Anonymous asked this question on 6/22/2000:
Can you please critically analyze the
debate around same-sex unions. Discuss
both sides of the debate and argue for
your own position on the subject.
JesseGordon gave this response on 6/22/2000:
I'll give you a good starting point from the presidential race, since this issue has been addressed by all the major candidates. First, me headlines from each candidate on gay marriage and the related issue of gay adoption:
Pat Buchanan: Opposes gay rights agenda in its entirety (May 30)
Ralph Nader: Supports Civil Union in Vermont and elsewhere (May 7)
Pat Buchanan: No gay VP; no gays in Cabinet; it's "a disorder" (May 4)
George W. Bush: No gay adoptions; but listens to gay GOP group (Apr 24)
Al Gore: Stop discrimination against same-sex domestic partnerships (Mar 1)
George W. Bush: Against gay marriage, but leave it to the states (Feb 15)
Alan Keyes: Oppose gay agenda in military & marriage laws (Jan 6)
You can see the full quotation for each of the headlines above at http://issues2000.org/News_Gay_Rights.htm and at http://issues2000.org/Al_Gore_Civil_Rights.htm
The current hot issue is that in April 2000, the Vermont House of Representatives gave final approval to same-sex marriages. Gays and lesbians may join in "civil unions," which are no expected to be recognized by other states and will not entitle the partners to federal benefits. The Vermont Supreme Court had ruled in December that gay and lesbian couples denied the right to marry were suffering from unconstitutional discrimination.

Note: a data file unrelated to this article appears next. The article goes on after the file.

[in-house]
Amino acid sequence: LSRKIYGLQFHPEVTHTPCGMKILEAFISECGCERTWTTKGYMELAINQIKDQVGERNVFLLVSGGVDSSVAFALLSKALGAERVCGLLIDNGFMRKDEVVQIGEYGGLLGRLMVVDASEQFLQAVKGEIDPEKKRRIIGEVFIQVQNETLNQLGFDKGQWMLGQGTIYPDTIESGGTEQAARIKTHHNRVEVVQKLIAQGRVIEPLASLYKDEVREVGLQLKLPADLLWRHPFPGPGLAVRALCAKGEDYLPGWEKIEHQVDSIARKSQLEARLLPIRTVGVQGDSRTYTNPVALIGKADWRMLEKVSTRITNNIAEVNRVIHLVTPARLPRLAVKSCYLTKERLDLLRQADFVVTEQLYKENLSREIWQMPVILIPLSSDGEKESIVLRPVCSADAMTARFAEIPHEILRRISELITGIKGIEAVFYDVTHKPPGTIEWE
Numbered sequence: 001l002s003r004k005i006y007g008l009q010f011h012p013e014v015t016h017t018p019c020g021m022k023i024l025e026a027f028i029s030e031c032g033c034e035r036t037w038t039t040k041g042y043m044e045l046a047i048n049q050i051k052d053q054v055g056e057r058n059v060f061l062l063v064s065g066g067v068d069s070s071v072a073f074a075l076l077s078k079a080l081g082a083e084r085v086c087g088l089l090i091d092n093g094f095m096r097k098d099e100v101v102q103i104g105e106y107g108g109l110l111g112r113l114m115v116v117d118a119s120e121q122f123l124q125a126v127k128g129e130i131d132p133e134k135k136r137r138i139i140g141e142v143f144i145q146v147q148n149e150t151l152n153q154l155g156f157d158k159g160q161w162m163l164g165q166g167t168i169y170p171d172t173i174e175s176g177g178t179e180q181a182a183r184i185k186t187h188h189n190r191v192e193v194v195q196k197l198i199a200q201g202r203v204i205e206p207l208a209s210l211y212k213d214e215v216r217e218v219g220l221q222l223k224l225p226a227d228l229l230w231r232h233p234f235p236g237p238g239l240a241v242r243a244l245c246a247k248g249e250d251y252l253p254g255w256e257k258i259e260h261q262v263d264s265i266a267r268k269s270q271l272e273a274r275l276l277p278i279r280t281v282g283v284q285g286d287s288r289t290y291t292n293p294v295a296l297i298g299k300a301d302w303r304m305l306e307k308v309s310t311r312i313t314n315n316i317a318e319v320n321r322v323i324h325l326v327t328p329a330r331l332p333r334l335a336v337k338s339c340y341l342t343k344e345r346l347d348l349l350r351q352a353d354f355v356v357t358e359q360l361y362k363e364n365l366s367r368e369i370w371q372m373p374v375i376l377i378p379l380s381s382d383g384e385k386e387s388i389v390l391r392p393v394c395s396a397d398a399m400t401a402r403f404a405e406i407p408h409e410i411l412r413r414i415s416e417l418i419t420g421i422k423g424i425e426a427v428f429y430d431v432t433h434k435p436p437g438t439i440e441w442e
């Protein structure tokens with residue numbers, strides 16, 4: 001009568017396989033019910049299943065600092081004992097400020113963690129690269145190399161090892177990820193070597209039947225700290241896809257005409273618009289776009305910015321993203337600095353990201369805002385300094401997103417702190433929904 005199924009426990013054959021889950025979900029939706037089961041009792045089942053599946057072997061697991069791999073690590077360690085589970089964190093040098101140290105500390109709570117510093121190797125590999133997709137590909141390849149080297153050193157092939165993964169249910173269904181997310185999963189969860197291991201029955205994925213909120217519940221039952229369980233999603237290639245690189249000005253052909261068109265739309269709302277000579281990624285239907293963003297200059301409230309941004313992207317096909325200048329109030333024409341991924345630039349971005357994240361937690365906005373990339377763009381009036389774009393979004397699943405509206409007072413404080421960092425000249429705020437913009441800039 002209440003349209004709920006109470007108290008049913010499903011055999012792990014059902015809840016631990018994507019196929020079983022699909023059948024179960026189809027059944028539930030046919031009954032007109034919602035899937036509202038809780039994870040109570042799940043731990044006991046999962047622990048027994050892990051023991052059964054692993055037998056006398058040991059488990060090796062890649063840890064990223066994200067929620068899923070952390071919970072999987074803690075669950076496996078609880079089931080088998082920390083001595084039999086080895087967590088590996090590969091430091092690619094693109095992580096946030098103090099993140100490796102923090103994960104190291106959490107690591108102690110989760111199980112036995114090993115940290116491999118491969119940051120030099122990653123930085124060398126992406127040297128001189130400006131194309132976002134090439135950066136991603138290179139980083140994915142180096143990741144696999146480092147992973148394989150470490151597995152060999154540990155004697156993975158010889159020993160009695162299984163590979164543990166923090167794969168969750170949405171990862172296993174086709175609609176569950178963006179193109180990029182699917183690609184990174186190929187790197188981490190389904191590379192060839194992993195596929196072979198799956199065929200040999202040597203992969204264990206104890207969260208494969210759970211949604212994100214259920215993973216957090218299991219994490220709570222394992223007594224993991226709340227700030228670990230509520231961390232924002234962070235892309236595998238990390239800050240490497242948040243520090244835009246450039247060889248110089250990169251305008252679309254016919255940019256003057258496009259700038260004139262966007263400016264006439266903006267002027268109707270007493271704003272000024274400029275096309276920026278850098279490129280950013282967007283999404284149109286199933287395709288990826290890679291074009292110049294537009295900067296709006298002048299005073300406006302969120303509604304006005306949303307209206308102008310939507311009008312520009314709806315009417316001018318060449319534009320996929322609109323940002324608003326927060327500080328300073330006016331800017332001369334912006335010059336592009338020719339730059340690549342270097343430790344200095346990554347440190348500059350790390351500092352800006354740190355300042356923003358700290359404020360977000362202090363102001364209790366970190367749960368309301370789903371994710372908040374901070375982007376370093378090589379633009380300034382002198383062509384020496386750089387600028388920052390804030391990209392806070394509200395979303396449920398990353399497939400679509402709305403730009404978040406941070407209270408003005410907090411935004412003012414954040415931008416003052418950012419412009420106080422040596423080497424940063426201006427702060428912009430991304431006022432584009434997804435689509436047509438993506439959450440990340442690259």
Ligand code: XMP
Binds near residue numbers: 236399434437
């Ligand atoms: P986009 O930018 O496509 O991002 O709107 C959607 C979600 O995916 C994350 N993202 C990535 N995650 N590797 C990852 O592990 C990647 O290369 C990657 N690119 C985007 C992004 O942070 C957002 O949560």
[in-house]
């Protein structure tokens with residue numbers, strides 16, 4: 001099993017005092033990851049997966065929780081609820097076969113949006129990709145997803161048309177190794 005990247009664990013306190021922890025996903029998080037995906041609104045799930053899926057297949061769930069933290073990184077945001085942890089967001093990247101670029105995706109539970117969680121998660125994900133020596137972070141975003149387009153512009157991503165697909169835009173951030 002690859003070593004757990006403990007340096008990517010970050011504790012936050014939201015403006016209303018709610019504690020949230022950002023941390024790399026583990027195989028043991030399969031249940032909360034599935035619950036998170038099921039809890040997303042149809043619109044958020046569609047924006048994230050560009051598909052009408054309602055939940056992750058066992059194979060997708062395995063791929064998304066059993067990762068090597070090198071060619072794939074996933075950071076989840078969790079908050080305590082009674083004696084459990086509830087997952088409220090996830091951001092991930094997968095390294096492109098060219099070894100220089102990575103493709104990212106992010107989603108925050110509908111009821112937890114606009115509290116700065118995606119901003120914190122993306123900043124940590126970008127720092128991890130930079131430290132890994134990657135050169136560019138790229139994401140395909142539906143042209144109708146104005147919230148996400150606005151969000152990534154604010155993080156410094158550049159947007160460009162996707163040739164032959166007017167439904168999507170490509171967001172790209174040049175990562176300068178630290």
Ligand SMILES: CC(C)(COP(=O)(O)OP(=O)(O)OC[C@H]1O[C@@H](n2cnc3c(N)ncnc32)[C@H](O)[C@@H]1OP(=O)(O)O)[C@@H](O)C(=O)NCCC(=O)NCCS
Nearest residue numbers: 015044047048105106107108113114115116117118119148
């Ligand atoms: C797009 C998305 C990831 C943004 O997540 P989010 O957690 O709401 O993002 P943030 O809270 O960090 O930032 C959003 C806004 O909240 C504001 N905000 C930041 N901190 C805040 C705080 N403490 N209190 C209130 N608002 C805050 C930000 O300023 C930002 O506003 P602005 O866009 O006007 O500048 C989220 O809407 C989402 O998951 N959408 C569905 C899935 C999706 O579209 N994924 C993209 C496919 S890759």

You can see further links regarding this issue at http://issues2000.org/Background_Civil_Rights.htm .
And finally, if you want to get some serious feedback to your question, post it on "The Gay Rights Forum" at http://govote.speakout.com/forum/summary.asp?summary=1&forum ID=84&page=1 .
You also asked for our personal opinion. Mine is that gay marriage doesn't affect anyone except the two people involved. The government has no right to involve itself by making laws concerning a private relationship. It seems to me that marriage is one of the most fundamental rights that we have as people, and that right shouldn't be infringed at all. Regardless of your views on homosexuality, it's a separate argument whether you should have the right to impose your views on other people.
Buchanan's view that gay marriage is "immoral" and therefore that it should be banned indicates a basic misunderstanding of civil rights. He can think it's immoral and I wouldn't oppose him; but when he says it should be banned BECAUSE he thinks it's immoral, then I oppose him in every way possible. Buchanan has backed off his anti-minority viewpoints on other issues, but his position here indicates that his basic viewpoint is that the majority morality should supercede individual rights. That's the REAL issue of gay marriage, as far as I'm concerned -- not anything to do at all with sex or morality.
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